By Carole Heller
I was about to dock my boat late in the afternoon of Wednesday, June 17, 2015 when I saw a message on my cell phone. When I retrieved it, I found that Chuck Fontaine, the Program Director at Massachusetts Maritime Academy in Bourne, MA, was asking if I could replace a departing coach on their Women’s Sailing Team for the Marion Bermuda Race…two days hence. I called back to get some details, and being the ocean junkie that I am the answer was “YES!” Chuck told me I would be picked up the next morning.
The team heads out of Buzzards Bay, unaware that Spirit’s mainsail would not last much longer. © Spectrum Photo/Fran Grenon
Off I went to my tax seminar, as I am a tax accountant. The phone rang as I left the seminar and Lisa Downey, the other coach, told me she would pick me up at 10:30am Thursday and we could get acquainted and she would brief me on the ride up to Marion. Lisa is a racing coach while my expertise is more ocean-oriented with multiple transatlantic crossings and a 100-Ton Master Captains license, so it looked like a fortuitous match-up. The boat was a J/44 named Spirit, which had been donated to Mass. Maritime.
The first incident happened 48 hours after the phone call, while I and the watch I was mentoring were on deck. It was dark and boat was going really well, when we heard a loud flutter of wings. Startled, there was a bit of screaming and when we shined a light on the noise we found a large cormorant on the cockpit sole. This being not my favorite bird, I put my gloves on and pitched the hitchhiker back out into the darkness.
The second incident occurred the next morning. Our watch came on deck and Lisa pointed out that there appeared to be a bubble in the main near the head of the sail. We discovered there also were some tears in the laminate. We decided that we needed to take the main down and try to repair it with the tape and patches that were on board. The crew worked feverishly trying to patch the major defects. There were many discovered as we got a closer look at the sail. Meanwhile, many of the boats we were ahead of passed us, including the other boat crewed by women, Anne Kolker’s Stellar 52 Étoile.
After the demise of their main, the women sailed most of the race with this storm trysail. © Carole Heller
After raising the repaired sail we continued for a while but then the sail said, “I am tired, I am old and I quit.” It totally delaminated, but the taped edges held and we were able to lower it and tie it onto the boom with the shredded Kevlar fibers looking like a bad wig. We were only 24 hours out. After some discussion as to the pros and cons of retreating to Marion or forging on, it was decided that there was no significant safety risk…although we still had the tropical depression Bob ahead of us.
The women were adamant that they wanted to continue. We put on the tiny storm trysail to replace the mainsail. The crew commented that it was smaller than a 420 sail. Off we went. Mother Nature favored us with reaching winds, and we had plenty of headsails in the inventory. We did lose some speed and pointing ability but we were moving well under the circumstances. Then mal de mer hit, not unusual at this stage and in spite of many patches for seasickness on the crew. Seven of nine were affected, but as is often the case on an ocean passage the third morning is a charm and everyone became acclimated to living with the motion. Since we couldn’t point as well as we might have, we were pushed further west than we had planned.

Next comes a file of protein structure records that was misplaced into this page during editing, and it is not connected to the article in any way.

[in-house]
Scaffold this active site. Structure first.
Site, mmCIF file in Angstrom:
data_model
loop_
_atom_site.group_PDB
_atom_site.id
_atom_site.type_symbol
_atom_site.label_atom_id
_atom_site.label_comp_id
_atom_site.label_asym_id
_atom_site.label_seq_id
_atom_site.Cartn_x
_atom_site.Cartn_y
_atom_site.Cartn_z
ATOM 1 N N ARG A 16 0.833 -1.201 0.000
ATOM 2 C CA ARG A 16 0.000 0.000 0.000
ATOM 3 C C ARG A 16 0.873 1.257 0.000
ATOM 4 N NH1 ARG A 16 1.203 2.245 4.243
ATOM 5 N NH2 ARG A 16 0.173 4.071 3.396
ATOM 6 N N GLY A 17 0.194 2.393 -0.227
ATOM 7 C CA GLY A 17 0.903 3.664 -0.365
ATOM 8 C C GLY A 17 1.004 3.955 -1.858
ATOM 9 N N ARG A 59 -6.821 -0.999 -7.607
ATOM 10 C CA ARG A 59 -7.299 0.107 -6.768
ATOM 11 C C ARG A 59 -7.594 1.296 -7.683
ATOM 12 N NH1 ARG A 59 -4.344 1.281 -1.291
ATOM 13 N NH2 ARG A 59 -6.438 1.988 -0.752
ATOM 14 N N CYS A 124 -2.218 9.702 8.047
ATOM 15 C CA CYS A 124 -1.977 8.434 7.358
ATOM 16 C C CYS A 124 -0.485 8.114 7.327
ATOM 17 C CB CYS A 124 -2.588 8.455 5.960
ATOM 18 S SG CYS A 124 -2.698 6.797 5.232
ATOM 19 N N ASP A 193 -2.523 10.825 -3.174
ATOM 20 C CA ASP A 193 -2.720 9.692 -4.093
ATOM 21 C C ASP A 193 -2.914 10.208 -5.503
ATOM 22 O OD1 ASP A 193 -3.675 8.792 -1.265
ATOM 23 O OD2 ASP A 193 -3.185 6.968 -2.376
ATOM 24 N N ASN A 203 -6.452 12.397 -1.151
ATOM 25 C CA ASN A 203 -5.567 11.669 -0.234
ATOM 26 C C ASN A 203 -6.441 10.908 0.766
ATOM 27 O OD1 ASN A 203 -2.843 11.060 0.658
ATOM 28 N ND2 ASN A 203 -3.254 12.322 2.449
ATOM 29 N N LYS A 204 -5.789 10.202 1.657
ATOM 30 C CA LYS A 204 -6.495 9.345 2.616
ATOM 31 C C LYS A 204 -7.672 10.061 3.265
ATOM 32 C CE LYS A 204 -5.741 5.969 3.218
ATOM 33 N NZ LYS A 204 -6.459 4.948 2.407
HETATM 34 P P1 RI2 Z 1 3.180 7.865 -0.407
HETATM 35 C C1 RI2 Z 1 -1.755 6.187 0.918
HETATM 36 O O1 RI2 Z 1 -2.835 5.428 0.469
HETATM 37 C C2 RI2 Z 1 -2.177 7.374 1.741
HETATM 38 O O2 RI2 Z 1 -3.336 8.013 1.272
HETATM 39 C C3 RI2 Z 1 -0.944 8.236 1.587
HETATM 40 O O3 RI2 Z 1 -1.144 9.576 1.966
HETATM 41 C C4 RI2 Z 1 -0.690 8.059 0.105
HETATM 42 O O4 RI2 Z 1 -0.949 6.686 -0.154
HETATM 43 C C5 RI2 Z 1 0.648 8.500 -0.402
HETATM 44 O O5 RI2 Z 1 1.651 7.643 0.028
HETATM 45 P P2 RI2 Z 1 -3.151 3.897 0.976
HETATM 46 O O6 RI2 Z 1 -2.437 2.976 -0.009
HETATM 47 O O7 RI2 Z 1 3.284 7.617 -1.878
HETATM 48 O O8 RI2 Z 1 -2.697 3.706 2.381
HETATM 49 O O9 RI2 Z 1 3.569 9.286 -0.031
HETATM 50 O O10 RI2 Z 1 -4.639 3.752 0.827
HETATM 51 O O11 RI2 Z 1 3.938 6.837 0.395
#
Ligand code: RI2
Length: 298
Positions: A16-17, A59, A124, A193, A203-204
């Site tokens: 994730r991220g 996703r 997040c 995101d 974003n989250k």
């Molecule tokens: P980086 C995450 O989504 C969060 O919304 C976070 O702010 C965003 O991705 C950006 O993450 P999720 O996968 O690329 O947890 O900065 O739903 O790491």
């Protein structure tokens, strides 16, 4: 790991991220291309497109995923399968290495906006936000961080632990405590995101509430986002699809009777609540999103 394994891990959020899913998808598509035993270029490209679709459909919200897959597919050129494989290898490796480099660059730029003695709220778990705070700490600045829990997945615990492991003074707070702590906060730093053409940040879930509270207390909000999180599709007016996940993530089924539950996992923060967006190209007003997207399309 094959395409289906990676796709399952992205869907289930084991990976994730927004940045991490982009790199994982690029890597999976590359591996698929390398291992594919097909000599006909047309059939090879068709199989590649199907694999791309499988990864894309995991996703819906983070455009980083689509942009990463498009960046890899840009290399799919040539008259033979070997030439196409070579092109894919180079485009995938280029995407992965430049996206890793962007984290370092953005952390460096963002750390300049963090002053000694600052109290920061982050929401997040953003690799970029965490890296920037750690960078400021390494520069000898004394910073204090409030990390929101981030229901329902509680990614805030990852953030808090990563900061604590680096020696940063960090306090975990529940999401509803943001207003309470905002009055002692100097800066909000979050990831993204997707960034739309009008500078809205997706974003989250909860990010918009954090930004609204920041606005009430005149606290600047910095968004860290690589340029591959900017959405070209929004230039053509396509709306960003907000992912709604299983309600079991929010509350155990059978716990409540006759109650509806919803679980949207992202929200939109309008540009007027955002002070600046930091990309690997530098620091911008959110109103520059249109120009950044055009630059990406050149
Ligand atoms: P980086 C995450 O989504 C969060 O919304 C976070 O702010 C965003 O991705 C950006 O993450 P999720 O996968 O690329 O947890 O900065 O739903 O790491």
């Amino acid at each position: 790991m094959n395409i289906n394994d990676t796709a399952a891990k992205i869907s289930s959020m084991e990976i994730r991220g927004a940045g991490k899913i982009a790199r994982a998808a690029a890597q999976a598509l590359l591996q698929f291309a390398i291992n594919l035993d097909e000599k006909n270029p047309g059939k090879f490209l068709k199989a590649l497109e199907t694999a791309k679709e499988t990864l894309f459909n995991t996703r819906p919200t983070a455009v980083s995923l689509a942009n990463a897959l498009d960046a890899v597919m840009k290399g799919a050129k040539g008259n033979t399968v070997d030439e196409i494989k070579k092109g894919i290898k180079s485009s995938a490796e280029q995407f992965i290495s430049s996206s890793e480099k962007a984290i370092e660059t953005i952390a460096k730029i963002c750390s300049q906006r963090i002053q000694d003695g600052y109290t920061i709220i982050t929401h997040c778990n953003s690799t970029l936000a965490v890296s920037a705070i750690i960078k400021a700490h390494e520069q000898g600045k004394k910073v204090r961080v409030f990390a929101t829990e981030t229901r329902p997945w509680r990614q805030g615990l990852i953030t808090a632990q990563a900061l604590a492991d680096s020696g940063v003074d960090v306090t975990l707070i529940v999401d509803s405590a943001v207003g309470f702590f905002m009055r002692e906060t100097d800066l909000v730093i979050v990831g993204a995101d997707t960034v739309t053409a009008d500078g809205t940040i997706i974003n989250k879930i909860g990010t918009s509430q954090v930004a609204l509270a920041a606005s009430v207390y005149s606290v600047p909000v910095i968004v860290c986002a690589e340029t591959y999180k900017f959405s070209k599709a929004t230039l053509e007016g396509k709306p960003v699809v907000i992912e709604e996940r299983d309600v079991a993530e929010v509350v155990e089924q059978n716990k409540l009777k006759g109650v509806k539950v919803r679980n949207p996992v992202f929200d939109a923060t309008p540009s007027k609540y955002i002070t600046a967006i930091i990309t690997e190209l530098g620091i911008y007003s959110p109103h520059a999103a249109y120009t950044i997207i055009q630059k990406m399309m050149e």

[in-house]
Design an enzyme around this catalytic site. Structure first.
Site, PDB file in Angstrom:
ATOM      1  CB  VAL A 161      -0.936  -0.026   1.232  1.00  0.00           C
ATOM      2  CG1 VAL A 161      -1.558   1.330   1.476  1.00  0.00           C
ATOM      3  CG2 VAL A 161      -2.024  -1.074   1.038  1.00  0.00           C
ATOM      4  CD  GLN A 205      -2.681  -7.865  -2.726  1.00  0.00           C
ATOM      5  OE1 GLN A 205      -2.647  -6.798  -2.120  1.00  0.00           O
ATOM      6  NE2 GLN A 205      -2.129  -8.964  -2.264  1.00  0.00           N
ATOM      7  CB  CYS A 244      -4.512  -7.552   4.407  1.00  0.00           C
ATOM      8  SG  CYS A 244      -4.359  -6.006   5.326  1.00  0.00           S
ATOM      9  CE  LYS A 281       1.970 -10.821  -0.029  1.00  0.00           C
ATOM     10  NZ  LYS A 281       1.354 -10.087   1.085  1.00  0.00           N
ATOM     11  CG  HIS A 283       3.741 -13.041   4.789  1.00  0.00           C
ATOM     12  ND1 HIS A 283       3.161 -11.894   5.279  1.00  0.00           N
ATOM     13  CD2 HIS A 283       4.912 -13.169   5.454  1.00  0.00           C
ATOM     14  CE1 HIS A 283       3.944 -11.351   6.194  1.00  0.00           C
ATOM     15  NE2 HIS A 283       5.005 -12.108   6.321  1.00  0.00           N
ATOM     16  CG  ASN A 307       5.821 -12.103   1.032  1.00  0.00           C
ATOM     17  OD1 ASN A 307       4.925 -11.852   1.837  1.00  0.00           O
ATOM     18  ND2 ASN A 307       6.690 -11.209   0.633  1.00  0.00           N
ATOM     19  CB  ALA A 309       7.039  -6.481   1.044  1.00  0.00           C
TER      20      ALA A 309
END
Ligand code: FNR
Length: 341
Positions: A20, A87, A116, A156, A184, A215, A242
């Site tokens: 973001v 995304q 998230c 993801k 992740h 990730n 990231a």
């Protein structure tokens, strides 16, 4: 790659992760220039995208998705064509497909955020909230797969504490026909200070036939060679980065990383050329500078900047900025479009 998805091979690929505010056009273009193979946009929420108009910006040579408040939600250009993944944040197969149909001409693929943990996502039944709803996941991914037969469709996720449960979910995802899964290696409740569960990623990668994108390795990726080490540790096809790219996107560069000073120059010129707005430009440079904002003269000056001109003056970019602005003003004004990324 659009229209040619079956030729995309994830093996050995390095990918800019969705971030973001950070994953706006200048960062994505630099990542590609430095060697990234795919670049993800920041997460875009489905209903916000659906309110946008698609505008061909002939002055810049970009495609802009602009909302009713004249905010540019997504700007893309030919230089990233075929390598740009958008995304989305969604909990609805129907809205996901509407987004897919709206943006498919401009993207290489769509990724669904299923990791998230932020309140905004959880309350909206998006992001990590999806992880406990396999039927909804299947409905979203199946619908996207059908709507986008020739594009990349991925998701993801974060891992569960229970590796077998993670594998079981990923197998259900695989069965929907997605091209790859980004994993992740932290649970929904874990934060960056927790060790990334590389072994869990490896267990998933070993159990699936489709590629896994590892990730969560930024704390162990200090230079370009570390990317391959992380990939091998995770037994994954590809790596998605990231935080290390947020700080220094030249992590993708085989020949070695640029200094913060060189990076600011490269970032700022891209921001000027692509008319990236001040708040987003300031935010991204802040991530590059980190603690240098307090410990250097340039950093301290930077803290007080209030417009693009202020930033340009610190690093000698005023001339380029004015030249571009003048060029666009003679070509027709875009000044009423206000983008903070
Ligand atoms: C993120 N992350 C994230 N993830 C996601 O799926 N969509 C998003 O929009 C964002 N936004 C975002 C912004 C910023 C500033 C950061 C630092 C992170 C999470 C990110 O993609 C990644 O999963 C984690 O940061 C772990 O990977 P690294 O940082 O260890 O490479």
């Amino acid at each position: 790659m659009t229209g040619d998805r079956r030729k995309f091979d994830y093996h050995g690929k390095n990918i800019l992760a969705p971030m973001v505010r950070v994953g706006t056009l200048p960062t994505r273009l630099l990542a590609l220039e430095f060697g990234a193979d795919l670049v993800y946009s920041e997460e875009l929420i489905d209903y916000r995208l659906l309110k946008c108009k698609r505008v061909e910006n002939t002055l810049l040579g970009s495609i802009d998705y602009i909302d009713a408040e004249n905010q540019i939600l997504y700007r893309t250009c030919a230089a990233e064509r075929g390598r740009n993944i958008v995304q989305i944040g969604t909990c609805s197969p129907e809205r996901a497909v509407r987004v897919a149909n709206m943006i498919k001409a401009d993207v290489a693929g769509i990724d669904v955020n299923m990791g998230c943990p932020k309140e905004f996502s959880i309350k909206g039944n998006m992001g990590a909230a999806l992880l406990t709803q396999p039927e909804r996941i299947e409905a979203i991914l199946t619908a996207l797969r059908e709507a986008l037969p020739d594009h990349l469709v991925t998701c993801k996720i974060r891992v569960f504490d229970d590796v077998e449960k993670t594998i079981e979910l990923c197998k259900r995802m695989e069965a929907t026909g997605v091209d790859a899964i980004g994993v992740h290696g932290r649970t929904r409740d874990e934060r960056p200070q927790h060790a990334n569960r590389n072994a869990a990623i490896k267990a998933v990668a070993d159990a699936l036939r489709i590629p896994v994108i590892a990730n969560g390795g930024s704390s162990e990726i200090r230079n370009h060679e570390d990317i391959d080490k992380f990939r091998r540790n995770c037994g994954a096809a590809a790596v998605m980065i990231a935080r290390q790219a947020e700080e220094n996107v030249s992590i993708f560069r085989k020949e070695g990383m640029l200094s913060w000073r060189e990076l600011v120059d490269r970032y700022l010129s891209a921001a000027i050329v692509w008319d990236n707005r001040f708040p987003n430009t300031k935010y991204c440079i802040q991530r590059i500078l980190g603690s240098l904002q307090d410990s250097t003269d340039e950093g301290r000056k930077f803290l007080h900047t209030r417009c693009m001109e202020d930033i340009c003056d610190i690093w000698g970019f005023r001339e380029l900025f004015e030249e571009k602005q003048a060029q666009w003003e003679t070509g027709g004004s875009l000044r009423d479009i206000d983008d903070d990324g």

By the middle of the day we landed in the Gulf Stream and met Bob. Winds were mostly in the thirties, but the boat was riding beautifully as we still were on a broad reach. We rode the waves pretty comfortably, and ironically the sail configuration was fine for these conditions. The waves were big, but running in the right direction. In many ways it was an exhilarating ride.
Arriving in Hamilton © Spectrum Photo/Fran Grenon
We continued toward Bermuda and also met some of the other boats, so we felt confident we would not finish last. The wind went lighter early the next day and the women did a lovely inside-outside change up to the number one headsail. Lisa and I watched the excellent crew work from the now well-experienced crew.
The evening of day four found us in a tight race with two other boats to round the buoys approaching Bermuda. The crew and Lisa called the tactics, and we managed to pass and beat them to the finish line. Since it was now dark, we anchored in St. Georges Harbor. Tired, we all slept well. We made our way to Hamilton in the morning. Upon arriving and docking next to the Mass Maritime Academy men’s boat, the women were greeted by cheers and congratulations from the men for finishing under the difficult circumstances and were feeling really good about themselves. Lisa and I felt really good for them as well.
Massachusetts Maritime Women’s Sailing Team 2015
Lisa Downey & Carole Heller, Coaches
Priscilla Stoll, Student Captain
Emily Casella & Erica Mutoh, Student Navigators
© Spectrum Photo/Fran Grenon
This race was, in a sense, a better learning experience because the team dealt with a major breakdown and a storm…plus our unwelcome hitchhiker. Yes, we only beat one boat in our division but we finished well in the fleet (25th out of 32) under the conditions. They merited a great deal of praise for continuing on and finishing. No one could say the Massachusetts Maritime Women’s Sailing Team was a bunch of wimps. These women rocked!
A member of the Cruising Club of America, the Ocean Cruising Club, Cedar Point Yacht Club and the Penfield Power Squadron, Carole Heller lives in Fairfield, CT. She and her husband Warren enjoy sailing their Pearson 323 Sublime.